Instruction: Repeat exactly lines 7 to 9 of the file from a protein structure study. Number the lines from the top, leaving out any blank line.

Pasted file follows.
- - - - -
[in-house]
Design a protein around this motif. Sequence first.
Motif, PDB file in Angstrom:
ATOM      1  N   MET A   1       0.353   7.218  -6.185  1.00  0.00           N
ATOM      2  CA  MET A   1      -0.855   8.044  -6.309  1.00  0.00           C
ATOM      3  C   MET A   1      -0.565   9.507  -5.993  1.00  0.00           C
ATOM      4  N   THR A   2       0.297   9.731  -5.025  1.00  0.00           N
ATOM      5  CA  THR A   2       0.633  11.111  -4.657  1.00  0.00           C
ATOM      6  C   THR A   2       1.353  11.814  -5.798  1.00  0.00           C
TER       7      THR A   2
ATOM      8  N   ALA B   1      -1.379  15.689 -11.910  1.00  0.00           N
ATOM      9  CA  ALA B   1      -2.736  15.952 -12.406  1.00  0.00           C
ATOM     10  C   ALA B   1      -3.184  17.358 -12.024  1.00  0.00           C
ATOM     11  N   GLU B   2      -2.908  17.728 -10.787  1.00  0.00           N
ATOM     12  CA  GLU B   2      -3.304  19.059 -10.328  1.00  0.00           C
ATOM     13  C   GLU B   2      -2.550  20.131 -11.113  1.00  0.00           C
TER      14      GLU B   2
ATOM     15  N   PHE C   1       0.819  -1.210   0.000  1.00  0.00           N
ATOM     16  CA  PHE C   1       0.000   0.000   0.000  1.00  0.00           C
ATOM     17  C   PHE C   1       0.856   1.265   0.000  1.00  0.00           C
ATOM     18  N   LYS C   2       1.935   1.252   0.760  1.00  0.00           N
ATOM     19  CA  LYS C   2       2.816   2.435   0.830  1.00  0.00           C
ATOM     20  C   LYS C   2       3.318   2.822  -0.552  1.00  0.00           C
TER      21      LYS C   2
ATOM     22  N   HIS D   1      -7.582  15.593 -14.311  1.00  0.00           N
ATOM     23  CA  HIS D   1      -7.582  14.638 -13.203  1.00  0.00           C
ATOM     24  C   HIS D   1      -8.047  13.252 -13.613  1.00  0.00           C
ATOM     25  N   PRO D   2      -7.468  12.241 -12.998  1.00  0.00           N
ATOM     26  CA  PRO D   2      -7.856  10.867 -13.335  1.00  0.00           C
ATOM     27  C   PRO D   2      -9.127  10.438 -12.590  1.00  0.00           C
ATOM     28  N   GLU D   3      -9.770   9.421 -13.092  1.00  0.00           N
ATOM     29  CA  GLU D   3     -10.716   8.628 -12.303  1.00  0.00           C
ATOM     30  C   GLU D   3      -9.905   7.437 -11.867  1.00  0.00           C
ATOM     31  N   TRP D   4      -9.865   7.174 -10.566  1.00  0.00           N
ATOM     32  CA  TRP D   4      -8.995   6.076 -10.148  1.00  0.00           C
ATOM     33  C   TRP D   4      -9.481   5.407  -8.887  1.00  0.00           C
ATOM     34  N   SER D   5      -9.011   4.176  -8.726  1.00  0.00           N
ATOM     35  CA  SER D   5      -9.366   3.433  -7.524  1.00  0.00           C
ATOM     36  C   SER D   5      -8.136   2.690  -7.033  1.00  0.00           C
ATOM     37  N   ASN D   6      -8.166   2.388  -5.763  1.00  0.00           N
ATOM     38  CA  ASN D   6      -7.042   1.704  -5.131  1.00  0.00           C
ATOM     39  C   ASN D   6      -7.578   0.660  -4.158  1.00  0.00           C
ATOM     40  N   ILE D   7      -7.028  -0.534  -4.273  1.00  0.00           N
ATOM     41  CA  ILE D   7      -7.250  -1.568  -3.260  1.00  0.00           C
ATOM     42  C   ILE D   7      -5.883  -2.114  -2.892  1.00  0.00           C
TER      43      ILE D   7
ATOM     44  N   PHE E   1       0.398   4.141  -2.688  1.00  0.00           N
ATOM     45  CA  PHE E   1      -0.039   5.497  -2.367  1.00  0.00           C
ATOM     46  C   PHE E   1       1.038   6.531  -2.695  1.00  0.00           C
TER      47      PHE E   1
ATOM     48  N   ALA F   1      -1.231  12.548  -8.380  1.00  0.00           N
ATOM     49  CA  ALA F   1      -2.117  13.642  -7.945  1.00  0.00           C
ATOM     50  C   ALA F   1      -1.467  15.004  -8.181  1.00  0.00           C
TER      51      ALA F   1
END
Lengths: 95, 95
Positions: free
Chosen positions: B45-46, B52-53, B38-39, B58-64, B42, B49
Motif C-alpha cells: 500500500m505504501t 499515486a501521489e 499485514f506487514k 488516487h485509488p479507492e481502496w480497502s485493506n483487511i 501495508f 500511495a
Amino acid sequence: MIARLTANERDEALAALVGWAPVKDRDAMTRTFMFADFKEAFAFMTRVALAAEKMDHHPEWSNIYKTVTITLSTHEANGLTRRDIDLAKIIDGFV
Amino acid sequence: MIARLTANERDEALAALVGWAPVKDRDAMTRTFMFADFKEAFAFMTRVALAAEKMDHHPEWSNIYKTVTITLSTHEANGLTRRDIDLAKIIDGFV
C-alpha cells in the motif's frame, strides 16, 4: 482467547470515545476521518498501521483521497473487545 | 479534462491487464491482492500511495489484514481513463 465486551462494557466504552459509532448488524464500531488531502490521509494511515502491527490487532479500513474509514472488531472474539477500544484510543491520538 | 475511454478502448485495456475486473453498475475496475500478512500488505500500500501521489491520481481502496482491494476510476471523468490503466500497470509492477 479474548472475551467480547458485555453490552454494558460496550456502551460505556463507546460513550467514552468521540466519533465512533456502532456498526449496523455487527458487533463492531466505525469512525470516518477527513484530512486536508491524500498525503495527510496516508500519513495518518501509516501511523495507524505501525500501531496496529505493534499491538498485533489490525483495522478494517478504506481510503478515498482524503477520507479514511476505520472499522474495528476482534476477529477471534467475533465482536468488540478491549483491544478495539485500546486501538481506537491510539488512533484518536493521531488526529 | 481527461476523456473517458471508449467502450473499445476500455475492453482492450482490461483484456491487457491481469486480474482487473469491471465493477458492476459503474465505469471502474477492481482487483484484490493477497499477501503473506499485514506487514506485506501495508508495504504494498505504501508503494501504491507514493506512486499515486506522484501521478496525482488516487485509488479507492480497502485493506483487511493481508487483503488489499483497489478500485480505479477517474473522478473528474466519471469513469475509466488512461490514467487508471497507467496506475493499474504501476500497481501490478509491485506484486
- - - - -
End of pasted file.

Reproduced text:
ATOM      4  N   THR A   2       0.297   9.731  -5.025  1.00  0.00           N
ATOM      5  CA  THR A   2       0.633  11.111  -4.657  1.00  0.00           C
ATOM      6  C   THR A   2       1.353  11.814  -5.798  1.00  0.00           C